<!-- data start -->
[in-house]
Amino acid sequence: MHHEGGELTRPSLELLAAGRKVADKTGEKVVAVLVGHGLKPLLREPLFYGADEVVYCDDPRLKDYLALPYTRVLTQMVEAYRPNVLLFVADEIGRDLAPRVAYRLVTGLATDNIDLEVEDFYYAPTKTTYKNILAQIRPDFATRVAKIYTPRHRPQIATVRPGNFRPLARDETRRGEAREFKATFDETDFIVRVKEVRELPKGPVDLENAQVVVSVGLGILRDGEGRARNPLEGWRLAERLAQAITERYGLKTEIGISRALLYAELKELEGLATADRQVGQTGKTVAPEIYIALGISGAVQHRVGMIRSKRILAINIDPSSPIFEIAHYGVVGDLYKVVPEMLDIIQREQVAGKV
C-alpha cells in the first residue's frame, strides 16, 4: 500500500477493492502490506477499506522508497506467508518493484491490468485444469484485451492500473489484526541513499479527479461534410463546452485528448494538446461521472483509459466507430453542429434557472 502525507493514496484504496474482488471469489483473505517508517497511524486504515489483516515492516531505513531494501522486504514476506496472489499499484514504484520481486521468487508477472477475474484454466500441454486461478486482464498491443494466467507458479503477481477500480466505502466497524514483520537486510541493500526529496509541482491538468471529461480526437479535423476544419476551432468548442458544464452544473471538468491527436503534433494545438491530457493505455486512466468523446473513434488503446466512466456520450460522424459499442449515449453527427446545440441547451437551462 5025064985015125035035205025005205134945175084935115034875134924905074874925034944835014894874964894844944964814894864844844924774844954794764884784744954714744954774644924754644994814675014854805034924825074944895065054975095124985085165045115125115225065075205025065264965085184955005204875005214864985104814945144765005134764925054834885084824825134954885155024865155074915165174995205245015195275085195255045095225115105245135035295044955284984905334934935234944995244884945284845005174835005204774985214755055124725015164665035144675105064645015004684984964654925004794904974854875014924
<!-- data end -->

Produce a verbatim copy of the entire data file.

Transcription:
[in-house]
Amino acid sequence: MHHEGGELTRPSLELLAAGRKVADKTGEKVVAVLVGHGLKPLLREPLFYGADEVVYCDDPRLKDYLALPYTRVLTQMVEAYRPNVLLFVADEIGRDLAPRVAYRLVTGLATDNIDLEVEDFYYAPTKTTYKNILAQIRPDFATRVAKIYTPRHRPQIATVRPGNFRPLARDETRRGEAREFKATFDETDFIVRVKEVRELPKGPVDLENAQVVVSVGLGILRDGEGRARNPLEGWRLAERLAQAITERYGLKTEIGISRALLYAELKELEGLATADRQVGQTGKTVAPEIYIALGISGAVQHRVGMIRSKRILAINIDPSSPIFEIAHYGVVGDLYKVVPEMLDIIQREQVAGKV
C-alpha cells in the first residue's frame, strides 16, 4: 500500500477493492502490506477499506522508497506467508518493484491490468485444469484485451492500473489484526541513499479527479461534410463546452485528448494538446461521472483509459466507430453542429434557472 502525507493514496484504496474482488471469489483473505517508517497511524486504515489483516515492516531505513531494501522486504514476506496472489499499484514504484520481486521468487508477472477475474484454466500441454486461478486482464498491443494466467507458479503477481477500480466505502466497524514483520537486510541493500526529496509541482491538468471529461480526437479535423476544419476551432468548442458544464452544473471538468491527436503534433494545438491530457493505455486512466468523446473513434488503446466512466456520450460522424459499442449515449453527427446545440441547451437551462 5025064985015125035035205025005205134945175084935115034875134924905074874925034944835014894874964894844944964814894864844844924774844954794764884784744954714744954774644924754644994814675014854805034924825074944895065054975095124985085165045115125115225065075205025065264965085184955005204875005214864985104814945144765005134764925054834885084824825134954885155024865155074915165174995205245015195275085195255045095225115105245135035295044955284984905334934935234944995244884945284845005174835005204774985214755055124725015164665035144675105064645015004684984964654925004794904974854875014924